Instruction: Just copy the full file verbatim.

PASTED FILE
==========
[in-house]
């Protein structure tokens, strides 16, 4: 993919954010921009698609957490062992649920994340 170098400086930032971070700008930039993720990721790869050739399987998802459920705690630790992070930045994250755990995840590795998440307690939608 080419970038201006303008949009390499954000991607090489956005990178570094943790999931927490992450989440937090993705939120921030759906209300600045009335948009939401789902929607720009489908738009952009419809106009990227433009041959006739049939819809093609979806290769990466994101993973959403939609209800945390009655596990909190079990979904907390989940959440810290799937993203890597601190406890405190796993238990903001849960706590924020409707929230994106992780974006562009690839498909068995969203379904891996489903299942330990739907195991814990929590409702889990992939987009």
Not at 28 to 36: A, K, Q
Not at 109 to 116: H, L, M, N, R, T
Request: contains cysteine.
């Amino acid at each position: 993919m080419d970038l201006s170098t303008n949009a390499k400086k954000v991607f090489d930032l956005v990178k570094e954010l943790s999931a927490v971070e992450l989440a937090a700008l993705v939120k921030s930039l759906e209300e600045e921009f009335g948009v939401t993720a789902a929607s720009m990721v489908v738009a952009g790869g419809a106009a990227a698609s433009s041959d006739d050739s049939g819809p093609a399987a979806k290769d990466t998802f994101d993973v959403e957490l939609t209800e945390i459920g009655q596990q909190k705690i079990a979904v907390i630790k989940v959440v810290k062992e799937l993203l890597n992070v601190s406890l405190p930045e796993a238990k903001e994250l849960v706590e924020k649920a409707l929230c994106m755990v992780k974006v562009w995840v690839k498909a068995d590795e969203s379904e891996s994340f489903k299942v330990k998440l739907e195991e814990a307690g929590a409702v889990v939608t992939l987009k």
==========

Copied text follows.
[in-house]
């Protein structure tokens, strides 16, 4: 993919954010921009698609957490062992649920994340 170098400086930032971070700008930039993720990721790869050739399987998802459920705690630790992070930045994250755990995840590795998440307690939608 080419970038201006303008949009390499954000991607090489956005990178570094943790999931927490992450989440937090993705939120921030759906209300600045009335948009939401789902929607720009489908738009952009419809106009990227433009041959006739049939819809093609979806290769990466994101993973959403939609209800945390009655596990909190079990979904907390989940959440810290799937993203890597601190406890405190796993238990903001849960706590924020409707929230994106992780974006562009690839498909068995969203379904891996489903299942330990739907195991814990929590409702889990992939987009």
Not at 28 to 36: A, K, Q
Not at 109 to 116: H, L, M, N, R, T
Request: contains cysteine.
């Amino acid at each position: 993919m080419d970038l201006s170098t303008n949009a390499k400086k954000v991607f090489d930032l956005v990178k570094e954010l943790s999931a927490v971070e992450l989440a937090a700008l993705v939120k921030s930039l759906e209300e600045e921009f009335g948009v939401t993720a789902a929607s720009m990721v489908v738009a952009g790869g419809a106009a990227a698609s433009s041959d006739d050739s049939g819809p093609a399987a979806k290769d990466t998802f994101d993973v959403e957490l939609t209800e945390i459920g009655q596990q909190k705690i079990a979904v907390i630790k989940v959440v810290k062992e799937l993203l890597n992070v601190s406890l405190p930045e796993a238990k903001e994250l849960v706590e924020k649920a409707l929230c994106m755990v992780k974006v562009w995840v690839k498909a068995d590795e969203s379904e891996s994340f489903k299942v330990k998440l739907e195991e814990a307690g929590a409702v889990v939608t992939l987009k």